His grin became true. “Smart girl.”
There was a sound behind her of Lily feeding another precious log into the fire; Rees thought she could hear the low rush of water in the old iron kettle preparing to boil. Cups, she thought inanely, forcing herself to turn away and go to the cupboard. We need cups. Theo’s eyes followed her, bright green wolf eyes that made her want to shiver. Inviting them in had been a mistake, but what choice had they?
“You didn’t answer my question,” she reminded as she pulled down the only things of value left in the house: her mother’s English painted china teacups. They’d been a gift from Papa, something he’d brought with him from London when he’d married his little Southern belle. When they’d arrived, two days before, they’d found the house stripped. It hadn’t been tossed over like the Harwood place: the door had still been neatly closed on its hinges, the floors intact, the barest of domestic necessities lingering in the kitchen. The sturdy furniture made here in town was all still in place. But the finer pieces – the settee, the brass bedframe, matching brass oil lamps – were gone, gaps in the dust marking their departure. The barn was clean, but empty, all manner of tack and harness and buggy taken. No chickens, no pigs. Which meant no eggs, and no bacon. The vegetable beds had been fallow for two years now, because Mama had been good and cracked for twice as long as that. Rees had done what little planting could be done without a plow. And she’d been gone, married off to William…
“Question?” Liam asked, and like it had the first moment he’d opened his mouth, his accent did strange, warming things to her insides. Mama had always been weak-minded, timid, forever frightened. But Papa had been a force. And he’d talked the way Liam did, at least a little. “What we’re doing here?”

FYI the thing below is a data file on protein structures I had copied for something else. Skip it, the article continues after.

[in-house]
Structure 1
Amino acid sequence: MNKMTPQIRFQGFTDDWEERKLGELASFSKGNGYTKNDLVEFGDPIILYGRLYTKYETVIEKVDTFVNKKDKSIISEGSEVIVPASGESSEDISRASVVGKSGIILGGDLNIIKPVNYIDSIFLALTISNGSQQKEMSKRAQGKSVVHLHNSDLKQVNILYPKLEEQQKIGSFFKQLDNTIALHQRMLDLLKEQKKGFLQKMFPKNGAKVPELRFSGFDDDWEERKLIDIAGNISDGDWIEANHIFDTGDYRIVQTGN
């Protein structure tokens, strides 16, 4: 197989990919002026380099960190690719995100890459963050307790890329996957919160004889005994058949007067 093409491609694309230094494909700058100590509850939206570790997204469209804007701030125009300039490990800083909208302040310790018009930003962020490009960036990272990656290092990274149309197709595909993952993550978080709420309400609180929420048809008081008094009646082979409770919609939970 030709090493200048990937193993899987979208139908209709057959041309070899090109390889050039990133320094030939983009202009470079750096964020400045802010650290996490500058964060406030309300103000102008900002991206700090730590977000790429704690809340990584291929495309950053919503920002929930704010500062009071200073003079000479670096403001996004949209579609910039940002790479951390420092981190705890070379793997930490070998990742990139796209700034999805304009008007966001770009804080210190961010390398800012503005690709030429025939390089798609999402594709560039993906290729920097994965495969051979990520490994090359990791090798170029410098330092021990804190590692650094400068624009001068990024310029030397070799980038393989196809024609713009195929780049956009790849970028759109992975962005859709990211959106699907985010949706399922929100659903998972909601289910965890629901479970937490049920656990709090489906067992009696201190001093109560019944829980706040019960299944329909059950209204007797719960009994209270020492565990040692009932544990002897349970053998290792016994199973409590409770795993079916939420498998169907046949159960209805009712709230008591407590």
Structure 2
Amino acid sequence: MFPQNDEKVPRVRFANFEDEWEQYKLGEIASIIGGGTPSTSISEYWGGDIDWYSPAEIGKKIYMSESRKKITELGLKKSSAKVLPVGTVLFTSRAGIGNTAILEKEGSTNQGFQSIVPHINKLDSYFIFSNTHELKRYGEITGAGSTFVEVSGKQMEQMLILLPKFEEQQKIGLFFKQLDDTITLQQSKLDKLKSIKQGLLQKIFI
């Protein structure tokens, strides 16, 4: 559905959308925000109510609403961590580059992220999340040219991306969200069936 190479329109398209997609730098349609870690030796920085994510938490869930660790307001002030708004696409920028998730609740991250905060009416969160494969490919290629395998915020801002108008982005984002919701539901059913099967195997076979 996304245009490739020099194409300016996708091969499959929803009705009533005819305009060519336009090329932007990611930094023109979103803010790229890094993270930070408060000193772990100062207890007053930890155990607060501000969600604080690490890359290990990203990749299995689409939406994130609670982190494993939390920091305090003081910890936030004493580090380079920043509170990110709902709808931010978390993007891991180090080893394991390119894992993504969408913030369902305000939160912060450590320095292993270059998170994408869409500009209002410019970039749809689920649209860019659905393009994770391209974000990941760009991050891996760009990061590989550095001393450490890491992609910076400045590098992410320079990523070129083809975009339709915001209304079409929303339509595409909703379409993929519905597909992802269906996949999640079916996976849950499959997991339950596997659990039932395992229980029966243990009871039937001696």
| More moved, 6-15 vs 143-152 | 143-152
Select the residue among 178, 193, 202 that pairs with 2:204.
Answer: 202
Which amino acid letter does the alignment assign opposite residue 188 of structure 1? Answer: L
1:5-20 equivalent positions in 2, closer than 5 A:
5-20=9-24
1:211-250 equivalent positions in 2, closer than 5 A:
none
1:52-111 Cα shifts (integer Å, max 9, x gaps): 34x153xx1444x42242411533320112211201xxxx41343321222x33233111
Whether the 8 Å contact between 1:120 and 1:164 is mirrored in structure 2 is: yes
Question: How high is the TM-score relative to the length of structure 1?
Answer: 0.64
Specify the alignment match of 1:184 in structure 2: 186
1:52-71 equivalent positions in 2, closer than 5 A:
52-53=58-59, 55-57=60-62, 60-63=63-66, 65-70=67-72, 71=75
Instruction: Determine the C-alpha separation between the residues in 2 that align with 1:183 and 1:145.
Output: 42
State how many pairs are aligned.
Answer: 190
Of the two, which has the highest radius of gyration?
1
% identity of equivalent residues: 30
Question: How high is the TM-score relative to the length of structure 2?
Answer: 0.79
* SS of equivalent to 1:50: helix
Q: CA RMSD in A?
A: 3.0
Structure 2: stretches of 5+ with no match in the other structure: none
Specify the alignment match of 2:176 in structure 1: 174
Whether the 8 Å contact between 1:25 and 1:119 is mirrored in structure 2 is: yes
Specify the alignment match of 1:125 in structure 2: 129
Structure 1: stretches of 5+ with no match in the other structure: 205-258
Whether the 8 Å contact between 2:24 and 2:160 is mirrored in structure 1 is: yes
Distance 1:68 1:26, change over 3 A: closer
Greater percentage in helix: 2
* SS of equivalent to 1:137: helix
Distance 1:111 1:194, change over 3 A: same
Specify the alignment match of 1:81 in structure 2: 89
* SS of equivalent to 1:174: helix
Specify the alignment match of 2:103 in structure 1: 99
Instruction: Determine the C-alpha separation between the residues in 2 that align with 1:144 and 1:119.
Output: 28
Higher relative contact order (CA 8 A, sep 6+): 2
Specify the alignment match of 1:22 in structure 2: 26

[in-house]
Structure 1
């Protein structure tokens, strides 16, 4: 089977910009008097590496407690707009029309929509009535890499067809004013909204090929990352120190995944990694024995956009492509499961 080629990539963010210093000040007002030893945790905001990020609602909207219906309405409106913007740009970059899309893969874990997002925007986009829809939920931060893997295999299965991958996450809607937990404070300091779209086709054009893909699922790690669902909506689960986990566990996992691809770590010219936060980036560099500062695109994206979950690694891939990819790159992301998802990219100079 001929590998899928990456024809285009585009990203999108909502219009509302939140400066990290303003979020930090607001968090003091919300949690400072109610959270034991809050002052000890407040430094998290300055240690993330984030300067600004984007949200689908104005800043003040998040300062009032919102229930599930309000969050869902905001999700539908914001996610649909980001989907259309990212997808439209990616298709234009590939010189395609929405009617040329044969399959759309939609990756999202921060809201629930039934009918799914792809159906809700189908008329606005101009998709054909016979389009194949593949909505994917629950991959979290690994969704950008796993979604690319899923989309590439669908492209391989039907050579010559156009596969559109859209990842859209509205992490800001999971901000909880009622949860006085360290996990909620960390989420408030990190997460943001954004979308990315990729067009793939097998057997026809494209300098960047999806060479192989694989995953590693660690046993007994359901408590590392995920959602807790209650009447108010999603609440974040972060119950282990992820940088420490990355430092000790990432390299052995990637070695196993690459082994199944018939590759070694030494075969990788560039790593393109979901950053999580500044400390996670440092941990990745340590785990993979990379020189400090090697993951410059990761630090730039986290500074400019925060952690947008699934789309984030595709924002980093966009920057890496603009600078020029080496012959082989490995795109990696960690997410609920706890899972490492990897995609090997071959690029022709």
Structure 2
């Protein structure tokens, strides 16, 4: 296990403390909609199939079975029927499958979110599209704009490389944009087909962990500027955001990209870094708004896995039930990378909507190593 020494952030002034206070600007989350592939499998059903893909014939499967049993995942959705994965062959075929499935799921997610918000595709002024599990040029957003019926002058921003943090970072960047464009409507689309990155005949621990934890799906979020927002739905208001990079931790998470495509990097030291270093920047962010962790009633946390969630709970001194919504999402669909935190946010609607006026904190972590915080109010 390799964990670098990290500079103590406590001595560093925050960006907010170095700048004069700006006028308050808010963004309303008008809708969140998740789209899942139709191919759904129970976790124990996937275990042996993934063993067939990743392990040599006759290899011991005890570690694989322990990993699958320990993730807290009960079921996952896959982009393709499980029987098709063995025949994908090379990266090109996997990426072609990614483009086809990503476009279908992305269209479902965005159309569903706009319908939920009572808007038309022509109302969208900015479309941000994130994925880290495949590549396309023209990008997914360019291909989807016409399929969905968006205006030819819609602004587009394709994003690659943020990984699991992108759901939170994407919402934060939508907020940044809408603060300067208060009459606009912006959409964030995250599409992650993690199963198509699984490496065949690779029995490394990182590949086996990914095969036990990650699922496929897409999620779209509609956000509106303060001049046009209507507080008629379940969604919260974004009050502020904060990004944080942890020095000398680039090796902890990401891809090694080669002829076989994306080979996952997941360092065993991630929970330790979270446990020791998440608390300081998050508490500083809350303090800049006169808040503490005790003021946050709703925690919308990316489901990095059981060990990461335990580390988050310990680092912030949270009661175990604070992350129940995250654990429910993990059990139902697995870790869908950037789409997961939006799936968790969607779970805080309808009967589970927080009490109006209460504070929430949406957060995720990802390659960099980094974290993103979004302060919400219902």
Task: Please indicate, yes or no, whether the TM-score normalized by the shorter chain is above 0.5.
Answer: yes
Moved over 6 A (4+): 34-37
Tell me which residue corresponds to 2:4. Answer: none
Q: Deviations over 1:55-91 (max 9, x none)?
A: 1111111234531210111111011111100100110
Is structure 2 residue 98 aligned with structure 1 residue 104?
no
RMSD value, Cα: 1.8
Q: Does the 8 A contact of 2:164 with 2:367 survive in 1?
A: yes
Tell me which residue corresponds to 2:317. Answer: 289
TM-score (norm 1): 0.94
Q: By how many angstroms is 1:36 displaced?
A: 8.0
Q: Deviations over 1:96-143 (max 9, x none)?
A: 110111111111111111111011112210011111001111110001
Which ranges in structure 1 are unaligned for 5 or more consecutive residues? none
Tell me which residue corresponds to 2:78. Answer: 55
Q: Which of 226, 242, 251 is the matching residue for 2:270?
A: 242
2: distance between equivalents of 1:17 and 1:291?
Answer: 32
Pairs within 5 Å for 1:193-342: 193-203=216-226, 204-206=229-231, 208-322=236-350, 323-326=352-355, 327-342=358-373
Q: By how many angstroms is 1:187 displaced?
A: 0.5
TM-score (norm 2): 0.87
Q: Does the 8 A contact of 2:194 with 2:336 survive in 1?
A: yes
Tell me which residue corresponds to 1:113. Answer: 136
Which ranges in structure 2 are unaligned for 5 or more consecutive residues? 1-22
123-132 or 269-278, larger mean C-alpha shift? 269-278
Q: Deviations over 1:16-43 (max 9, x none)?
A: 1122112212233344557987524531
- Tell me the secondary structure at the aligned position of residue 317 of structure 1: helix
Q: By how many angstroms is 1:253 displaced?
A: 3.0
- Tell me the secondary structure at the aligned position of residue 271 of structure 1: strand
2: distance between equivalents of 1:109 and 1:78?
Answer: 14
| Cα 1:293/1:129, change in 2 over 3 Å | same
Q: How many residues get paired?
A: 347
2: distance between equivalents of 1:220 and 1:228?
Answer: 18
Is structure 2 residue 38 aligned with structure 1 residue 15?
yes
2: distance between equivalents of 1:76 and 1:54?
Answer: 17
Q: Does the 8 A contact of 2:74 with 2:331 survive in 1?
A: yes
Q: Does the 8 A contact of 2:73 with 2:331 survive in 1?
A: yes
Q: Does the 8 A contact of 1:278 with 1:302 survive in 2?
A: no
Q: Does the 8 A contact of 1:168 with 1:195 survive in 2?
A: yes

“Yes.” The kettle whistled and Rees folded over a scrap of rag to grip the handle and lift it off the stove. When she turned back to the table, she saw that Theo was on his feet, looking even taller inside like this, and that Annabel had finally taken hold of sense and was giving him a wide berth.
Liam’s face had changed; he looked tired. “Actually,” he said, “it wasn’t so much a case of us wandering down your road as meaning to come.” His smile became almost sympathetic, and strained. “There was a rumor in town that you’d come home.”
Rees felt the blood leave her face. “You were looking for me?”
“We were looking for someplace safe.”
“And private,” Theo added.
“Rees,” Lily said with a little gasp. “Oh, God…”
Not again, she thought desperately. No, no, no, no. She’d thought these two were different, that she was smarter than she’d been before, that she would never allow…
She lifted the kettle, ready to slop boiling water over both of them.
“You see, what I was hoping…” Liam trailed off when he saw the way she was angling the kettle. “I beg of you not to make tea,” he said, and something moved across his face that surprised her: pain. “You’ll need to use the water–”
That was when she took note of the way Theo’s hand was curled around Liam’s shoulder: supportive. And beneath the dark roughspun of Liam’s shirt, there was…a stain. A stain she hadn’t noticed before.
“-to sterilize the needle,” he said.
Then she saw the blood. Thin rivers of it crossing down his wrist and across his hand, plunking down onto the table. One. Two. Three…
“You’re hurt,” Rees said, going numb with shock.
“Can you stitch him up?” Theo asked, and when Rees lifted a glance to him, she saw the fear behind the fierceness in his green eyes.
She waited, because she felt like she ought to, but she didn’t have to think about it. “Yes.”